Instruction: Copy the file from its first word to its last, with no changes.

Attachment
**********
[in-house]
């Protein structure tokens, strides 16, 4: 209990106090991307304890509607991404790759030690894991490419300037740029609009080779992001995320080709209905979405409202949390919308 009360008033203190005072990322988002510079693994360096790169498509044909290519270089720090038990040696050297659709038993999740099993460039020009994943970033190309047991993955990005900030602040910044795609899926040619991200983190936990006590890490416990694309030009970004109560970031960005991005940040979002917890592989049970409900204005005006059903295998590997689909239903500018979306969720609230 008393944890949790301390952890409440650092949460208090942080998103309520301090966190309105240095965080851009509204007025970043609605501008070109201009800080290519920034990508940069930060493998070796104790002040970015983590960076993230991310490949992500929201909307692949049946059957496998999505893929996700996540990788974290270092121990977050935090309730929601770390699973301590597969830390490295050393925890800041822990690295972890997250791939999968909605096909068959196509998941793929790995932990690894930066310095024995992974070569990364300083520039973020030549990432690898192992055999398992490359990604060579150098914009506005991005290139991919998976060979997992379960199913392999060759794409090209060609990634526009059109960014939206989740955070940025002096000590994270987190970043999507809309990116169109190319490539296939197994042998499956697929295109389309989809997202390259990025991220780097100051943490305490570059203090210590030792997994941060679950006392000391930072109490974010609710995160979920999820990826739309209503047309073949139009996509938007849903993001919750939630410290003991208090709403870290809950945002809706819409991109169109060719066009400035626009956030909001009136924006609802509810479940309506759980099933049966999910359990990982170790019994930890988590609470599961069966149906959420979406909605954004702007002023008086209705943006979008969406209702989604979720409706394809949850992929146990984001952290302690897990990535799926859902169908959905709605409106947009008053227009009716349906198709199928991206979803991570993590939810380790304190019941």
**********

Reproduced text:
[in-house]
């Protein structure tokens, strides 16, 4: 209990106090991307304890509607991404790759030690894991490419300037740029609009080779992001995320080709209905979405409202949390919308 009360008033203190005072990322988002510079693994360096790169498509044909290519270089720090038990040696050297659709038993999740099993460039020009994943970033190309047991993955990005900030602040910044795609899926040619991200983190936990006590890490416990694309030009970004109560970031960005991005940040979002917890592989049970409900204005005006059903295998590997689909239903500018979306969720609230 008393944890949790301390952890409440650092949460208090942080998103309520301090966190309105240095965080851009509204007025970043609605501008070109201009800080290519920034990508940069930060493998070796104790002040970015983590960076993230991310490949992500929201909307692949049946059957496998999505893929996700996540990788974290270092121990977050935090309730929601770390699973301590597969830390490295050393925890800041822990690295972890997250791939999968909605096909068959196509998941793929790995932990690894930066310095024995992974070569990364300083520039973020030549990432690898192992055999398992490359990604060579150098914009506005991005290139991919998976060979997992379960199913392999060759794409090209060609990634526009059109960014939206989740955070940025002096000590994270987190970043999507809309990116169109190319490539296939197994042998499956697929295109389309989809997202390259990025991220780097100051943490305490570059203090210590030792997994941060679950006392000391930072109490974010609710995160979920999820990826739309209503047309073949139009996509938007849903993001919750939630410290003991208090709403870290809950945002809706819409991109169109060719066009400035626009956030909001009136924006609802509810479940309506759980099933049966999910359990990982170790019994930890988590609470599961069966149906959420979406909605954004702007002023008086209705943006979008969406209702989604979720409706394809949850992929146990984001952290302690897990990535799926859902169908959905709605409106947009008053227009009716349906198709199928991206979803991570993590939810380790304190019941």